World Cup Tales – Overcoming The Great Humiliation: Brazil, 1958

Ian

Ian began writing Twohundredpercent in May 2006. He lives in Brighton. He has also written for, amongst others, Pitch Invasion, FC Business Magazine, The Score, When Saturday Comes, Stand Against Modern Football and The Football Supporter. Ian was the first winner of the Socrates Award For Not Being Dead Yet at the 2010 NOPA awards for football bloggers.

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1 Response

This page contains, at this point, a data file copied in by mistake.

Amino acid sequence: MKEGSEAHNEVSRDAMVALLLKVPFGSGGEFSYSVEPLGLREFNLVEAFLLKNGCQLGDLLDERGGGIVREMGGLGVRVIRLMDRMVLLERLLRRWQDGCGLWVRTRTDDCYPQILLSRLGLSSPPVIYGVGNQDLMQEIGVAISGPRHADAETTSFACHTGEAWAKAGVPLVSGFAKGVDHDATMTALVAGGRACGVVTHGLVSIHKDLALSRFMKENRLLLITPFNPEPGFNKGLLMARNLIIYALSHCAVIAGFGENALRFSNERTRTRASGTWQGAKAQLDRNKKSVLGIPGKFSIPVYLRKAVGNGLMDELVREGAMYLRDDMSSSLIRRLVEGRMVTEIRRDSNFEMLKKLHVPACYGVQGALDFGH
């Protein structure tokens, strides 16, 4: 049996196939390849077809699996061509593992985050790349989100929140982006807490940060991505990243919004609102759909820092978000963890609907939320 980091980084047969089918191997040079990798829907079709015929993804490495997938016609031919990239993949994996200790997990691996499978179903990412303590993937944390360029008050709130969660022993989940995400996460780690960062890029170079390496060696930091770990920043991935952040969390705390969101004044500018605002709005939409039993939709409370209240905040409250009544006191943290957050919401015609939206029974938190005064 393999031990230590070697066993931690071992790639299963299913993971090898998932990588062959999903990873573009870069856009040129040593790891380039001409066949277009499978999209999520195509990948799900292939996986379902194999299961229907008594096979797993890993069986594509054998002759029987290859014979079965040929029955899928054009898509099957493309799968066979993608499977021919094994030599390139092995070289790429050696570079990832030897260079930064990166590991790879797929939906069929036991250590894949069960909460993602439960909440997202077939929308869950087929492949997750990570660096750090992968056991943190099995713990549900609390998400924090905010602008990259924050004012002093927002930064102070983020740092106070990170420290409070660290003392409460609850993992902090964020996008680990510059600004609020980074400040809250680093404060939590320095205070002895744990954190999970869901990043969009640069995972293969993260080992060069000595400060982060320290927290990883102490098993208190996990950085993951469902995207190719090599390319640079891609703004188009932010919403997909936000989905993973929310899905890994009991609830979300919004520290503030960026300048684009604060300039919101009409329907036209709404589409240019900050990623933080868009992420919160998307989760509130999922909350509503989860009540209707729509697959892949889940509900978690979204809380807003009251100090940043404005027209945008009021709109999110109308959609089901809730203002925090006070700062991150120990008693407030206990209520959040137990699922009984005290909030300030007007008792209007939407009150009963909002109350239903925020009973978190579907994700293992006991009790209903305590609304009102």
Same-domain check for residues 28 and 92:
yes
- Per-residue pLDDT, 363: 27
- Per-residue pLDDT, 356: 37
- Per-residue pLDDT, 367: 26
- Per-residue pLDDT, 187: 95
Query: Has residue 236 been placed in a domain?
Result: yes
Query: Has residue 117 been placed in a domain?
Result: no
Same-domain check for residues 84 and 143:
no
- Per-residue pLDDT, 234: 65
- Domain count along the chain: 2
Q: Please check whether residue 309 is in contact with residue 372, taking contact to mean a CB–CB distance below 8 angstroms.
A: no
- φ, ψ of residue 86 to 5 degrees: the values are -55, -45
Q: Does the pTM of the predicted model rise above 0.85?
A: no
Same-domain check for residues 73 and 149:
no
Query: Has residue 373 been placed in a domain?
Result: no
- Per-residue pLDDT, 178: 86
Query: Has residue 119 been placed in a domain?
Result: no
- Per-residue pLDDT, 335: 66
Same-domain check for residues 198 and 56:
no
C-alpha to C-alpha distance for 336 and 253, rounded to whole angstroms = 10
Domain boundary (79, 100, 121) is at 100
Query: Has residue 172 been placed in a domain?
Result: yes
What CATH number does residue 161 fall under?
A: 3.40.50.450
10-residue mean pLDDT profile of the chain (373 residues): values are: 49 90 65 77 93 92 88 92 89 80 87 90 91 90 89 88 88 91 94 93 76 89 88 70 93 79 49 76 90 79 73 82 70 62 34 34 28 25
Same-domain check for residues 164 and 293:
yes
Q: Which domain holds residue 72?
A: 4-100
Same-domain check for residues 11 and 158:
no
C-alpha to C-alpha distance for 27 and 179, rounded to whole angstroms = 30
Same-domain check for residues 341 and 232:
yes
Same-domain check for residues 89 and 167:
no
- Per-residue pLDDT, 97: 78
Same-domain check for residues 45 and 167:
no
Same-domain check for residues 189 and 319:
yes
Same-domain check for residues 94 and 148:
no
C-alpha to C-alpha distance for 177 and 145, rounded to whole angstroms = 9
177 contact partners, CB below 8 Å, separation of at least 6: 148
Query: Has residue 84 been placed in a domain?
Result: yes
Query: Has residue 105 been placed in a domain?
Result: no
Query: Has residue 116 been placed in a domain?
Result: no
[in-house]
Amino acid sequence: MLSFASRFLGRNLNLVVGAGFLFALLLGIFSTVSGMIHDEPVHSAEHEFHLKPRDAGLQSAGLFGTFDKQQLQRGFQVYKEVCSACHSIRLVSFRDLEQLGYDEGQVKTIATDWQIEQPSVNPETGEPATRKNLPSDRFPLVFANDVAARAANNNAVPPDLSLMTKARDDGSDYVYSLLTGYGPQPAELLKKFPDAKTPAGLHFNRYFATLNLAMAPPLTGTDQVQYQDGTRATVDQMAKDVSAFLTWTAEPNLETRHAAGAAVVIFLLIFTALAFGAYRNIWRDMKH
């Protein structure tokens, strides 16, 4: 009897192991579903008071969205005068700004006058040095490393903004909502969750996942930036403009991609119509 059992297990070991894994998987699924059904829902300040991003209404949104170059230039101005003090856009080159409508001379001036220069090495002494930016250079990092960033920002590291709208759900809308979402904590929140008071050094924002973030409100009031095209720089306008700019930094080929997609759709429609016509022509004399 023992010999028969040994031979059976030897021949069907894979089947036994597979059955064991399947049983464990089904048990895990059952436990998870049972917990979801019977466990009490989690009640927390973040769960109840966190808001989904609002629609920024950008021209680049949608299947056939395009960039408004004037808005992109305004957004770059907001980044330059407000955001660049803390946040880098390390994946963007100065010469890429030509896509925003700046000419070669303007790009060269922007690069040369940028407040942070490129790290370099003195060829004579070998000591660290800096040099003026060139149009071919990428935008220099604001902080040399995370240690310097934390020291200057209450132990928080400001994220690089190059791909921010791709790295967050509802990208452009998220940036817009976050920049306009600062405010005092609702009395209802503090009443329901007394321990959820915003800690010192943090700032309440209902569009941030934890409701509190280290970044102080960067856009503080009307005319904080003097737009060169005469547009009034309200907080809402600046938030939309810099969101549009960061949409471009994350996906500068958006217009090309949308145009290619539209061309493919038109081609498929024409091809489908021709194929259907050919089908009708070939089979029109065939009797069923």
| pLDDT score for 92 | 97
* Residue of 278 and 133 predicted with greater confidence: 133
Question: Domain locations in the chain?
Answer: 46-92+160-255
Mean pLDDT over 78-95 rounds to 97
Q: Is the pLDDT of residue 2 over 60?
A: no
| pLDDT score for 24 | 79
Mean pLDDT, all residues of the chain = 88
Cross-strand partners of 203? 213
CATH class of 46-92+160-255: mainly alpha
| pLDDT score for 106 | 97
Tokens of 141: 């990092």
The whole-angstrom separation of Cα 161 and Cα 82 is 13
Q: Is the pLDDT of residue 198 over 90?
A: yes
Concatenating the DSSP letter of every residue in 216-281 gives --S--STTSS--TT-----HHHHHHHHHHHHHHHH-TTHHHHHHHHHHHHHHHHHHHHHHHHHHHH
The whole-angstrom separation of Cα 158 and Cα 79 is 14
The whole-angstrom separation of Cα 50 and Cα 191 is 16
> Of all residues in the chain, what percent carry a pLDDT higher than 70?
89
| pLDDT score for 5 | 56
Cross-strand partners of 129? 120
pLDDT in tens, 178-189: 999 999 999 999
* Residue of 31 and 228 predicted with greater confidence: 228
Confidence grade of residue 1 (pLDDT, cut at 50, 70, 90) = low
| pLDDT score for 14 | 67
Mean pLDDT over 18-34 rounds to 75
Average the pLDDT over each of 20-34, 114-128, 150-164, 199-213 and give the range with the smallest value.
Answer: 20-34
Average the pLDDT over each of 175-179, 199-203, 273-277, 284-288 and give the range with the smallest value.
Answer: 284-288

1. sunil says:

    It is possible this national ‘trauma’ is a recent phenomena. They weren’t an established soccer power in 1950. Don’t forget that Uruguay was, before the war began.

    By 1970, Brazil was the big Kahuna, and I suspect a lot of “We’re the greatest ever. How come we didn’t win it twenty years ago?” revisionist thinking began at that time. Repeat that over & over in the media & the stigma of losing on your home ground becomes accepted as fact.

    This would be reinforced by subsequent tournaments – they’ve always qualified for soccer’s premier event, & more often than not have been the favorites. Hence the assumption that it’s always been so.

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